After some long books, we had two short (but major) novels to read this month. Muriel Spark was recently placed by a Times survey in the eighth position among the top fifty British writers of the 20th century. This is her centenary year, celebrated at the National Library of Scotland by an exhibition, The International Style of Muriel Spark (until 13 May 2018), which some of the group had visited. (There will also be a dramatisation of The Prime of Miss Jean Brodie by David Harrower, at the Donmar Warehouse, London from 4 June to 28 July.)
The proposer gave a full and informative account of Spark’s life and career. Born Muriel Camberg in Edinburgh in 1918 in a liberal-minded family, the daughter of a Lithuanian Jewish father and an English mother, she attended the fee-paying James Gillespie’s School. Not wanting to go to university, she taught English and worked as a secretary before marrying Sidney Oswald Spark, 13 years her senior, with whom she moved to Southern Rhodesia. Her marriage was an unhappy one, as were her relations with her one son, but although she left her husband, she was obliged by the war to stay in Rhodesia until 1944. Returning to Britain, she worked as administrator and editor at the Poetry Society in London (where she was involved in some fierce rows). It was only in 1951 that she made her debut as a fiction writer, winning the Observer short story prize for her story ‘The Seraph and the Zambezi’. Thereafter she produced a steady stream of highly acclaimed novels, moving first to New York and then to Tuscany, where she lived with her friend Penelope Jardine until 2008. She had converted to Catholicism in her 30s (there was later a lot of discussion of her religious position in relation to the Calvinism of her childhood). She was an obsessive hoarder of documents, many of them now in the National Library. Fond of cats, she liked to compare herself to a cat.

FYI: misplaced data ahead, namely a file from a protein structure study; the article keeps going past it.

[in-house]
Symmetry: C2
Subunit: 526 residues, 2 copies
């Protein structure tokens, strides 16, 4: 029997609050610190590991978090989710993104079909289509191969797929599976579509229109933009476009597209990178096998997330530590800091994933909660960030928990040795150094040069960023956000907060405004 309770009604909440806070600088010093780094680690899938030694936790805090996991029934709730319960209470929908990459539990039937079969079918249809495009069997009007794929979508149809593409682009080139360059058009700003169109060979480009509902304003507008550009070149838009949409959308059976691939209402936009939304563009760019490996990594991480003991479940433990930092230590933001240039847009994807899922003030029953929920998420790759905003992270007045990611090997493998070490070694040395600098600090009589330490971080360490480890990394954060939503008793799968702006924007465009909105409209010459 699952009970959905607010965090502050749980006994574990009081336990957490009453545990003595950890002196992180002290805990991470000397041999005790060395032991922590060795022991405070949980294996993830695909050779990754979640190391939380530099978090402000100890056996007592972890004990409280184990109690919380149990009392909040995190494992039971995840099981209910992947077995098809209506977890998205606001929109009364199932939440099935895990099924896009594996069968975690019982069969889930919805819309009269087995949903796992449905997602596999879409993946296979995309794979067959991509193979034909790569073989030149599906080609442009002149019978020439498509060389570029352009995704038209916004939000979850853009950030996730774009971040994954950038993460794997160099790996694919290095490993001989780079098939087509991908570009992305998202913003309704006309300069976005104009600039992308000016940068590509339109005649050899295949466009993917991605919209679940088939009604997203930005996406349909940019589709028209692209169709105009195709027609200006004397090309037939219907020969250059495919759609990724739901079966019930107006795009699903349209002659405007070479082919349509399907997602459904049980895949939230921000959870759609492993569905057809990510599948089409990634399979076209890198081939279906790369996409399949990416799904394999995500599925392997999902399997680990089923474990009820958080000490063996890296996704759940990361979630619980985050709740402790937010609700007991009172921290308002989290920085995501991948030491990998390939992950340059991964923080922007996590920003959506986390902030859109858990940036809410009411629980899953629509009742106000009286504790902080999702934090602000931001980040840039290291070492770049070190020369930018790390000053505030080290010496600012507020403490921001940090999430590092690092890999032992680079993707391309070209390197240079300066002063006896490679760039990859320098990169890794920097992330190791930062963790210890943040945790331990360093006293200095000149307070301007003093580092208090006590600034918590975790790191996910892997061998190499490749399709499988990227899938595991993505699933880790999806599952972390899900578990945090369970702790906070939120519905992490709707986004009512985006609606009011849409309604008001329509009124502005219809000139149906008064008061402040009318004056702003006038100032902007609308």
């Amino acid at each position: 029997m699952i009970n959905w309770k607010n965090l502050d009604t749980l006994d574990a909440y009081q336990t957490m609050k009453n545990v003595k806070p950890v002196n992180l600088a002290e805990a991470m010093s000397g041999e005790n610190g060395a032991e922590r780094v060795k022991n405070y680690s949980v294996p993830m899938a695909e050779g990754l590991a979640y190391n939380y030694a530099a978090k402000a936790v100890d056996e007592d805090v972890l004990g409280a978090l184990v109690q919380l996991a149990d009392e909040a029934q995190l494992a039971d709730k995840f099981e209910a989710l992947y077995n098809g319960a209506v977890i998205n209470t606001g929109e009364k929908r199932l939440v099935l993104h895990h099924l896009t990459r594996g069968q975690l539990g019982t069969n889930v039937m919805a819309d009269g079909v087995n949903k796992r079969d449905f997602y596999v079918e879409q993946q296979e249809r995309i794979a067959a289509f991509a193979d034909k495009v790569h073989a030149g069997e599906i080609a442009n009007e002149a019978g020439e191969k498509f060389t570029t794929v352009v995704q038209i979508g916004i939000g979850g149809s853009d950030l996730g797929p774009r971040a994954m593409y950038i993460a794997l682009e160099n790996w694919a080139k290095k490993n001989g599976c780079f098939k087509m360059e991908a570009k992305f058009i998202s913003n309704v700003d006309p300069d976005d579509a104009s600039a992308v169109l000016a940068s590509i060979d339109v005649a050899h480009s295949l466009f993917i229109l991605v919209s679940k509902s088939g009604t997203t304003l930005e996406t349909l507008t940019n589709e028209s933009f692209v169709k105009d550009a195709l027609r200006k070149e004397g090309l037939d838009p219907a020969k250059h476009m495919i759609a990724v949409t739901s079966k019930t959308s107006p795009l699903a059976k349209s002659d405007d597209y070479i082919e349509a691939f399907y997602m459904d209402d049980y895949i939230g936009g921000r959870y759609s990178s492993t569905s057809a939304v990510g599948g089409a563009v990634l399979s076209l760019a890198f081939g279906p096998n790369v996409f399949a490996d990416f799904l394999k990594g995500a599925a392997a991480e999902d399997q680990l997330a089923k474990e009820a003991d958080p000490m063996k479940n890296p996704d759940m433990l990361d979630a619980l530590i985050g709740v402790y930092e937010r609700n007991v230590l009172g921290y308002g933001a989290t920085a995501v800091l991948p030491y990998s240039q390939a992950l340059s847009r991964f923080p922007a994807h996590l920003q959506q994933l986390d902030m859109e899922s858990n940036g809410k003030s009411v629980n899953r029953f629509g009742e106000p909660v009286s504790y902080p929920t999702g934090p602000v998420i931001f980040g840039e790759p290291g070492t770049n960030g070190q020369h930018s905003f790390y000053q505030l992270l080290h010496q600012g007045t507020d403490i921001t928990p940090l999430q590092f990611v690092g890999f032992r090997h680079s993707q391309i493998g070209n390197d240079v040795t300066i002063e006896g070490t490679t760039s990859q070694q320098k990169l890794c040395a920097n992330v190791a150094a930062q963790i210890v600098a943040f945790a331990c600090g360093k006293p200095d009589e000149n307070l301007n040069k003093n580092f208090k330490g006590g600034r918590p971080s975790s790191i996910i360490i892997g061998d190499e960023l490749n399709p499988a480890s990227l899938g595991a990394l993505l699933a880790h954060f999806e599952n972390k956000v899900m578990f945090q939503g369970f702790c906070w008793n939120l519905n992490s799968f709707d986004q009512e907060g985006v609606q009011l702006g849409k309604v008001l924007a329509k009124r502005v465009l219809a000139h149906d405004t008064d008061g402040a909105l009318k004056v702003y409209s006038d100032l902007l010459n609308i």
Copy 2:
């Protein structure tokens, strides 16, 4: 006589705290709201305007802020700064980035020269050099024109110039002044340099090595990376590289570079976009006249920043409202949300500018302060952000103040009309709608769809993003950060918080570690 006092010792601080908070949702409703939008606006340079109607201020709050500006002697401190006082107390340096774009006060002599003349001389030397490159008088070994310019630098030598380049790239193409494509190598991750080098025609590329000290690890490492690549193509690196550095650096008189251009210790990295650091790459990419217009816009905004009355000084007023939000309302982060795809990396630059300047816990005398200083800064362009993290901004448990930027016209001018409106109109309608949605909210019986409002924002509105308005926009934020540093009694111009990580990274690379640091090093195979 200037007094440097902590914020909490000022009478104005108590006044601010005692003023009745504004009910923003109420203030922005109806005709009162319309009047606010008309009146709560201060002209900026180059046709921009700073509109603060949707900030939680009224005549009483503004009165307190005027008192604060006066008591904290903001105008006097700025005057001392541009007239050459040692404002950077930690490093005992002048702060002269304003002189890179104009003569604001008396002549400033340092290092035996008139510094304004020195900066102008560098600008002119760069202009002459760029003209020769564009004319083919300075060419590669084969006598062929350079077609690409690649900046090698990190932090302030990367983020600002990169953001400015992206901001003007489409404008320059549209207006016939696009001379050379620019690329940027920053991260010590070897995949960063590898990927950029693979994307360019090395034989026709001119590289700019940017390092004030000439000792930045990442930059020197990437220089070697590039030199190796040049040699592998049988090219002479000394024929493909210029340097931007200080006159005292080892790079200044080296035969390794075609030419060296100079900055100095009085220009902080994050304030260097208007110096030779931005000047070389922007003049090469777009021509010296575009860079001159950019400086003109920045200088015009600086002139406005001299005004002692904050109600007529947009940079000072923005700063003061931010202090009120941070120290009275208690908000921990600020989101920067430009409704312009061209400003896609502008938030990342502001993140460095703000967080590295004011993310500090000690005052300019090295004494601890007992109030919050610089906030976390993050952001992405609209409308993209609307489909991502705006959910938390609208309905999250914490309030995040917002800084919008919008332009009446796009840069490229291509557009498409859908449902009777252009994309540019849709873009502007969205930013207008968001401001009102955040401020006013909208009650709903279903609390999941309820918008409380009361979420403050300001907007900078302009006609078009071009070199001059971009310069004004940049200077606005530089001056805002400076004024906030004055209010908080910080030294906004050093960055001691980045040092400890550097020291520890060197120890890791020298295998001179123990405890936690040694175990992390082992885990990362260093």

There were written comments from three members of the group who had to be absent, including a detailed discussion of the Prime of Miss Jean Brodie (PMJB) – these are integrated into the account that follows.
PMJB is the most famous of Spark’s novels (largely because of the film version with Maggie Smith), but The Driver’s Seat (DS) was reportedly her own favourite. Inevitably the discussion centred on PMJB, which was much better known – though some members were reading it for the first time, having previously seen the film (Maggie Smith version).